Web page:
Idea generation may be very “loose” and unrestrained – even fantastical and not necessarily tied to normal reality.
In my earlier post Creative Thinking and Schizophrenia, I wrote a little about the link between schizotypy and creative achievement, and included a quote by Susan K. Perry from her book Writing in Flow that “looseness and the ability to cross mental boundaries are aspects of both schizophrenic thinking and creative thinking.”
A study by psychologist Daniel Nettle and colleagues found that artists and schizophrenics scored equally high on “unusual cognition.”
But in contrast to “looseness,” the constraint of ideas and work can enhance creativity.
A number of filmmakers, for example, talk about the challenges of a lack of production money, but also the potential creative value.
In our interview for a magazine article about making Anaconda (1997), actor Kari Wuhrer said she really enjoyed making smaller independent movies, with their budget constraints. “It’s one thing doing something with a huge budget, and you’ve got incredibly talented people behind the scenes, in post-production, and directors – it’s really great. But these little movies, these little guerrilla films that I do, I really really love because it gives me a hand in the entire creative process.”
In his new article How Constraints Force Us to Be More Creative, Scott Barry Kaufman, Ph.D. notes that creativity “involves variability — different ways of doing things” but also “involves constraints, which can either promote or preclude creativity.”
He mentions Patricia Stokes’s book “Creativity from Constraints: The Psychology of Breakthrough” and says Stokes “makes it clear that constraints play a role in many different creative domains, and in many of the most revolutionary creative products of our time.”
He continues, “In many domains, there are issues that have not yet been resolved, questions that have not yet been posed, and problems that have no obvious solution. These ‘ill-structured’ problems require a creative approach. Paradoxically, when people are given free reign to solve a problem, they tend to be wholly uncreative, focusing on what’s worked best in the past. This is due to the fundamental nature of human cognition: to imagine the future we generate what we already know from the past. According to Stokes, such freedom can hinder creativity, whereas the strategic use of constraints can promote creativity. By using constraints, reliable responses are precluded and novel surprising ones are encouraged.”
An example of this may be found in the World Trade Center Site Memorial twin fountains, called “Reflecting Absence,” designed by architect Michael Arad and landscape architect Peter Walker.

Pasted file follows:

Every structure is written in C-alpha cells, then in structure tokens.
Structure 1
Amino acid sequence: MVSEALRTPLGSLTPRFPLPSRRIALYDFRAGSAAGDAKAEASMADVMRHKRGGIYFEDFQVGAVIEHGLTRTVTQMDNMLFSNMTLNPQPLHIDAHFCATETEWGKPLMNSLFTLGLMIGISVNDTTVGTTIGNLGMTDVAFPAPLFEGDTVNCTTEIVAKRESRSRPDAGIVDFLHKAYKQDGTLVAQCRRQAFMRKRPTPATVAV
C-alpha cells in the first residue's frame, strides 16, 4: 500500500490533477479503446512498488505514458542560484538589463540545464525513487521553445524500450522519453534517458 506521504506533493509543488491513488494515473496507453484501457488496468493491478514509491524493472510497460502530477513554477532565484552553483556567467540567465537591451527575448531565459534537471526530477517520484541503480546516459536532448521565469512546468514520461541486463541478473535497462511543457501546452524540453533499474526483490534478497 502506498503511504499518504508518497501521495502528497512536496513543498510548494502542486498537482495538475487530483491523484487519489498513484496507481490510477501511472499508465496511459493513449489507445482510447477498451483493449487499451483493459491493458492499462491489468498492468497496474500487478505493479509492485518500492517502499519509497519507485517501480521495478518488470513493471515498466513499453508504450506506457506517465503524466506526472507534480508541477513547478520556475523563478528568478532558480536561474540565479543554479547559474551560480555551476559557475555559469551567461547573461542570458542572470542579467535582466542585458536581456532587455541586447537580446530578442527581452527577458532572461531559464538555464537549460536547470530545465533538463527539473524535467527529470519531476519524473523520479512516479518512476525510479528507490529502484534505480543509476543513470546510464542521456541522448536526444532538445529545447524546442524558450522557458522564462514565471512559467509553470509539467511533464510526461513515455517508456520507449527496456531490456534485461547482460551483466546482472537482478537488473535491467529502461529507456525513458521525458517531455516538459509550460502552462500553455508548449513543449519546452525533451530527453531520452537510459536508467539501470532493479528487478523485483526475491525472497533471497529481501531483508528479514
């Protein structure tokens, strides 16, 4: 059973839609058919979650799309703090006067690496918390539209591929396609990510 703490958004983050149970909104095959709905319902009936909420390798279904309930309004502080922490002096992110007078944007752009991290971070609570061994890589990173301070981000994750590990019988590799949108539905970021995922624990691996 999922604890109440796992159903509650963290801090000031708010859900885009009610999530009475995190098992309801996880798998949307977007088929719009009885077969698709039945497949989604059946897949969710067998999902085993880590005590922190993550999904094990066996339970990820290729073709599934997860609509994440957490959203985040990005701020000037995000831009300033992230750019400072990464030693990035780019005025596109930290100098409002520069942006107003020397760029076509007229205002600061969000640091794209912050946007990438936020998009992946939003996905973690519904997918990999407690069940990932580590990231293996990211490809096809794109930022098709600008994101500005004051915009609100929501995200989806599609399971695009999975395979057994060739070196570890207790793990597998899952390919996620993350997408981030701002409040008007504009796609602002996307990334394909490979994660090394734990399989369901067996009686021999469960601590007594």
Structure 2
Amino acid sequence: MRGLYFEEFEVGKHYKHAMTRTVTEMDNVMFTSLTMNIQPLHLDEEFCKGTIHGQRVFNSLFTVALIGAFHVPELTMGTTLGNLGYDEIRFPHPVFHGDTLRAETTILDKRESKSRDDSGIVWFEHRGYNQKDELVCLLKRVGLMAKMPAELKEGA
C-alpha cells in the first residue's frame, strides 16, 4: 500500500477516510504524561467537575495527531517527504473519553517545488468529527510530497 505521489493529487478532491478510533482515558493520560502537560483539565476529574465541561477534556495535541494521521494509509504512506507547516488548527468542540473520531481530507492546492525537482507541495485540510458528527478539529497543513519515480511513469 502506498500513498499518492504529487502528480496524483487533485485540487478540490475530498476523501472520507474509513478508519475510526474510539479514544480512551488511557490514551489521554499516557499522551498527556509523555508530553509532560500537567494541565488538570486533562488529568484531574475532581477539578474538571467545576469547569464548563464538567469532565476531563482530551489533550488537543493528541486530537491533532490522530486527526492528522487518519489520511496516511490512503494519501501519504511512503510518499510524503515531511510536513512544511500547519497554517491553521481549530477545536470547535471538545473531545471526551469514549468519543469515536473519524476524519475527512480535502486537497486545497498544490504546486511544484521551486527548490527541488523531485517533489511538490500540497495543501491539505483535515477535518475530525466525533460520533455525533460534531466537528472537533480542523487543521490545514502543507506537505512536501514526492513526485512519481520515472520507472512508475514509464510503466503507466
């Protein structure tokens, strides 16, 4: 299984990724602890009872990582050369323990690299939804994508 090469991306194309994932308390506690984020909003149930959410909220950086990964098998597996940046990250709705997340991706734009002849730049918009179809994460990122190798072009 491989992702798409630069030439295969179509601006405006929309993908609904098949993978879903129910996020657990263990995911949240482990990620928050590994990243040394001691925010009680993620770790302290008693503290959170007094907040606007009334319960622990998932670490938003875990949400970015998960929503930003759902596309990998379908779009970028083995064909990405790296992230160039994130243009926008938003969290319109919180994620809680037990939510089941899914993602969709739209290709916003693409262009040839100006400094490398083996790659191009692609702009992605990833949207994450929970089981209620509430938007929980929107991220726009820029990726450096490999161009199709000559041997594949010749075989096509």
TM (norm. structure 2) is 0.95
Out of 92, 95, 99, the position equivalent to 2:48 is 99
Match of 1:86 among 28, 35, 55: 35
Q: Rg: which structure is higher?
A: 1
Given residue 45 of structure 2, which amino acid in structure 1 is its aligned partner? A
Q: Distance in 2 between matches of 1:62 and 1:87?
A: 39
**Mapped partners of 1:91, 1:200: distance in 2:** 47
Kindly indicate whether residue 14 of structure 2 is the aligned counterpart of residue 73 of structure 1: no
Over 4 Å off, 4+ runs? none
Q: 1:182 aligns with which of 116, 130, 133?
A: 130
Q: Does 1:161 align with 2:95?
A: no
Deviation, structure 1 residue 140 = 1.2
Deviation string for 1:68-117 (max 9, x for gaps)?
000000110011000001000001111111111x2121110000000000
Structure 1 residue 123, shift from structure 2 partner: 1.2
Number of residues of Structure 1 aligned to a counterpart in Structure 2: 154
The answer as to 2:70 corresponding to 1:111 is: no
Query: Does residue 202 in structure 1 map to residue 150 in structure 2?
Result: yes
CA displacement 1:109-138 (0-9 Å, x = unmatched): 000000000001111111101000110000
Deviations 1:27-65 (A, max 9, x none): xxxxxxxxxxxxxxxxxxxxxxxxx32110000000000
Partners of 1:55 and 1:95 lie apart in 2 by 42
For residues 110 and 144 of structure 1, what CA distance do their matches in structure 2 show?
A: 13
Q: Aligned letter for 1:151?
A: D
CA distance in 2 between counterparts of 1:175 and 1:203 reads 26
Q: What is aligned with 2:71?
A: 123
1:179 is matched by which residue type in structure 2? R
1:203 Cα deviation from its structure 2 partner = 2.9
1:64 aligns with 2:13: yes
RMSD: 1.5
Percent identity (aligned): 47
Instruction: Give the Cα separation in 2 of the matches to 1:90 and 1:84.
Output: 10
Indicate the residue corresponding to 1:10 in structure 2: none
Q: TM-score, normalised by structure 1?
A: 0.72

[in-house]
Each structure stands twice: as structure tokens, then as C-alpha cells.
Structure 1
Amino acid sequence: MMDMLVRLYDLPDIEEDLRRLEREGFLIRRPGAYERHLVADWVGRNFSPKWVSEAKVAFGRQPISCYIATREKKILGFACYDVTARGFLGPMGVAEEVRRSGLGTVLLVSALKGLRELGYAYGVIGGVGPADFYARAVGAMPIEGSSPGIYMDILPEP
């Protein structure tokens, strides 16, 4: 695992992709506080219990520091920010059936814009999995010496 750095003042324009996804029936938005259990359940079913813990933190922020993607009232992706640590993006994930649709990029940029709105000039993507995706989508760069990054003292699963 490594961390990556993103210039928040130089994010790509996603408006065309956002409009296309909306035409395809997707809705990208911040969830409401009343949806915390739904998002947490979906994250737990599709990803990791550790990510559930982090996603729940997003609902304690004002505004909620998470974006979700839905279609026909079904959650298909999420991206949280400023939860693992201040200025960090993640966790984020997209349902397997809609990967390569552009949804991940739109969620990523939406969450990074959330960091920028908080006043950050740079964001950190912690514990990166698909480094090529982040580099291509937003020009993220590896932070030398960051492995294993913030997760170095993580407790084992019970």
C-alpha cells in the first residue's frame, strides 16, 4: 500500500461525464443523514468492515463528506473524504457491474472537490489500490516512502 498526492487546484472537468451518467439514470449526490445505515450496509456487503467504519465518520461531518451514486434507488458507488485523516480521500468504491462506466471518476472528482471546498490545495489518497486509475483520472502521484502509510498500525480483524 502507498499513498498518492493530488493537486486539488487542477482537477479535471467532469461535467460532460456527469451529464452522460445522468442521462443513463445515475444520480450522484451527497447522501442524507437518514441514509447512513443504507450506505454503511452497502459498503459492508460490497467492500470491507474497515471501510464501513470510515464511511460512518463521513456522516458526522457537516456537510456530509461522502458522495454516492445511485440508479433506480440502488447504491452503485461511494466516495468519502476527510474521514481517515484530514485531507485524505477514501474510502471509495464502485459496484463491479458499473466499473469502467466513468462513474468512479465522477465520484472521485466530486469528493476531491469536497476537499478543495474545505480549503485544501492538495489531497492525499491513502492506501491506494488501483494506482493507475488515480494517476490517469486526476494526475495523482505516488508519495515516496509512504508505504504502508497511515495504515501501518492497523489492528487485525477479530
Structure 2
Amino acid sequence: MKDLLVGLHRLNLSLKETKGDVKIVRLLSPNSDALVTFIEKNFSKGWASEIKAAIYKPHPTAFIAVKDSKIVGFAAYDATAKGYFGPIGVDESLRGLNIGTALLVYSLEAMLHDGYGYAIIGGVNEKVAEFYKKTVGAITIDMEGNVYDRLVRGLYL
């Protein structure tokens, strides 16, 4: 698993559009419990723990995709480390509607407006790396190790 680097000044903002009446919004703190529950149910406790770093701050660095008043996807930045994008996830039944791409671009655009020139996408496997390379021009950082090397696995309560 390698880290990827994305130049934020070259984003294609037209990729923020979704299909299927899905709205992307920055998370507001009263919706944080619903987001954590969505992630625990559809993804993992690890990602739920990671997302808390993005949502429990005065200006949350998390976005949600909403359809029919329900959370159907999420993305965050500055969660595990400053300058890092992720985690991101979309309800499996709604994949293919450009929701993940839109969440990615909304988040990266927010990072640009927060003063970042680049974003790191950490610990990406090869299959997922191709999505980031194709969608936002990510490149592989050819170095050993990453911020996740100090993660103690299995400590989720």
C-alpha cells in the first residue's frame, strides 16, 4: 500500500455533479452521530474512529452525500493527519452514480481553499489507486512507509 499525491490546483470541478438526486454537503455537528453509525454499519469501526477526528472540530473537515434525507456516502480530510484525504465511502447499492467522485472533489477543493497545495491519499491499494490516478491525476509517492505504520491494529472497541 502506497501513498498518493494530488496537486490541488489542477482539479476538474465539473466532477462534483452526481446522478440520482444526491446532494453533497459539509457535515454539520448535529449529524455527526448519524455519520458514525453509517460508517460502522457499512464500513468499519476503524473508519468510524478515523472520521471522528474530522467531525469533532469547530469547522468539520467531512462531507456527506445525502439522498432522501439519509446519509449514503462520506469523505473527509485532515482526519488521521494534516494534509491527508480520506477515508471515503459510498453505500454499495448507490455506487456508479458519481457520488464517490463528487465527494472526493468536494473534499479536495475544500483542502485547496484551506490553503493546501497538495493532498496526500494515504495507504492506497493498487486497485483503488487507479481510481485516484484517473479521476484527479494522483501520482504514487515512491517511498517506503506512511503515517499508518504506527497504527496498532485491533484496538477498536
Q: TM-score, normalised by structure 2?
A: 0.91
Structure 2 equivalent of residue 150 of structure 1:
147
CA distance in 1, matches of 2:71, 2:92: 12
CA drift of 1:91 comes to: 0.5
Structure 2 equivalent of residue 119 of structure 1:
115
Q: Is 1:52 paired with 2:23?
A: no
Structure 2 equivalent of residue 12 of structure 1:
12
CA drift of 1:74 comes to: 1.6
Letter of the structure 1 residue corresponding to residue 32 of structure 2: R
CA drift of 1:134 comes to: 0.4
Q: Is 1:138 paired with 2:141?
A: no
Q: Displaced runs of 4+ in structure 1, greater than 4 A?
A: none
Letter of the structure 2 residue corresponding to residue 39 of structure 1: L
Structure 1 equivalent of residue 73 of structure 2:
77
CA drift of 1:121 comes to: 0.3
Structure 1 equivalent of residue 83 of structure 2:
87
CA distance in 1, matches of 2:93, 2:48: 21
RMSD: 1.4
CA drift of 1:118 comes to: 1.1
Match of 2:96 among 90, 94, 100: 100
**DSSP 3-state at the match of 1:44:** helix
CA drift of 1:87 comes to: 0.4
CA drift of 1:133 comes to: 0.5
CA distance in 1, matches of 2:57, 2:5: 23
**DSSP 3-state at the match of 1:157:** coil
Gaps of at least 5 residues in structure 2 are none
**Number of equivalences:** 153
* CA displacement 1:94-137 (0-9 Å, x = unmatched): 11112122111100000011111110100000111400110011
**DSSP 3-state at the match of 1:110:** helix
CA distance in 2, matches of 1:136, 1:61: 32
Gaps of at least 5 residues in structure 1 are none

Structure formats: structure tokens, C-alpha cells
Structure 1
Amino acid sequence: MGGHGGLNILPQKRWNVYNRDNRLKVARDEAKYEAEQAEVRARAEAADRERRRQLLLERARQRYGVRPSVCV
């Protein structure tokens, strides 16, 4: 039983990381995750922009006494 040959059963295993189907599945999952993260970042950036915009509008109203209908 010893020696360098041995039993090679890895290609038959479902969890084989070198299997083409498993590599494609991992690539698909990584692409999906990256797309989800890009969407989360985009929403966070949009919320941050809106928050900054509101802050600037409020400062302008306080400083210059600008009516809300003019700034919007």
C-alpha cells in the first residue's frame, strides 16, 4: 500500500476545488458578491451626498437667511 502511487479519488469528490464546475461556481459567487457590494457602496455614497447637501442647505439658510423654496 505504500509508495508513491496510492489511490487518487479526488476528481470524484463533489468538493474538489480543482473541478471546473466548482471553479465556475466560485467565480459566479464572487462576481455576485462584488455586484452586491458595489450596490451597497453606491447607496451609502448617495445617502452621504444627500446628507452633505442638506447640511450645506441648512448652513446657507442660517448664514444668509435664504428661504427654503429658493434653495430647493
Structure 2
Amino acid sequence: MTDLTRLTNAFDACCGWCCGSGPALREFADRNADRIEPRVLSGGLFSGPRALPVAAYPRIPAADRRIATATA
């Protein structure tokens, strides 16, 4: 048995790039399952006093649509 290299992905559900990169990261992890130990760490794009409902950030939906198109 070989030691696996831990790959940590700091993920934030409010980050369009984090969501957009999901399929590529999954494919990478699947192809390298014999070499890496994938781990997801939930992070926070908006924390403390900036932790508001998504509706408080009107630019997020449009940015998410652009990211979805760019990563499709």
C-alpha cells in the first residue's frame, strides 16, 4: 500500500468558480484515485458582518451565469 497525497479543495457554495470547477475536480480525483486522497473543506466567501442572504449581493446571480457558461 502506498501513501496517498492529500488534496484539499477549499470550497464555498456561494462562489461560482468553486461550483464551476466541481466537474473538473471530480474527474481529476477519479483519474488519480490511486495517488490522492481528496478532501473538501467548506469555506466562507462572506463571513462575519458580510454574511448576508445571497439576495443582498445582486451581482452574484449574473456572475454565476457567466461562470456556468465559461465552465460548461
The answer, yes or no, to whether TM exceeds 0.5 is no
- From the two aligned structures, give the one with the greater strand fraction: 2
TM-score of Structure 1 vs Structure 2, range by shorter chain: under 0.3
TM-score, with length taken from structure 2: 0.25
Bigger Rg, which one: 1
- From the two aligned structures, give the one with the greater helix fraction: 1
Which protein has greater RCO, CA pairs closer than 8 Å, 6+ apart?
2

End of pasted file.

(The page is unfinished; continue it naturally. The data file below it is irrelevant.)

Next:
In her article Arad ’91 designs Sept. 11 memorial (The Dartmouth, August 23, 2011), Eliza Relman says that “material and emotional” constraints altered Arad’s original ideas, but that “some of these issues changed his design for the better, he said. Arad explained that he received a request from the city mayor’s office concerning the ability of those with disabilities — particularly those confined to wheelchairs — to see the bottom of the reflecting pools.
“In order to alleviate this problem, Arad transformed the 90-degree edges of the pools to 45-degree angles, allowing visitors to observe the pools more easily. Consequently, this structural change allowed the lines of victims’ names to circle the pools in a fluid pattern, rather than end at the corners. “Unexpected constraints that had the potential to diminish the design actually made it stronger, better and more meaningful,” Arad said.
[The image is from the article Reflecting Absence: Exploring The 9/11 Memorial by Steve Rosenbaum.]
This idea of constraint usually refers to external or structural parameters, but another kind is self-restraint of our creative work.
In her Psych Central post One of the Biggest Barriers to Creativity and How to Overcome It, Margarita Tartakovsky, M.S. quotes Patti Digh (author of the book Creative Is a Verb: If You’re Alive, You’re Creative): “The only real way to be creative is to create. Without attachment to outcome.”
Digh relates a story of a young actor performing a one-man play in New York City, who “wasn’t getting what he expected from the audience,” so he began “adjusting his performance to meet them, to cajole them into responding, rather than following the spine of his own story, his own art.”
Tartakovsky comments, “In a few words: He sucked. But it was a big learning opportunity. For the next performance, he ended up sticking to his process without paying attention to the audience and received rave reviews.”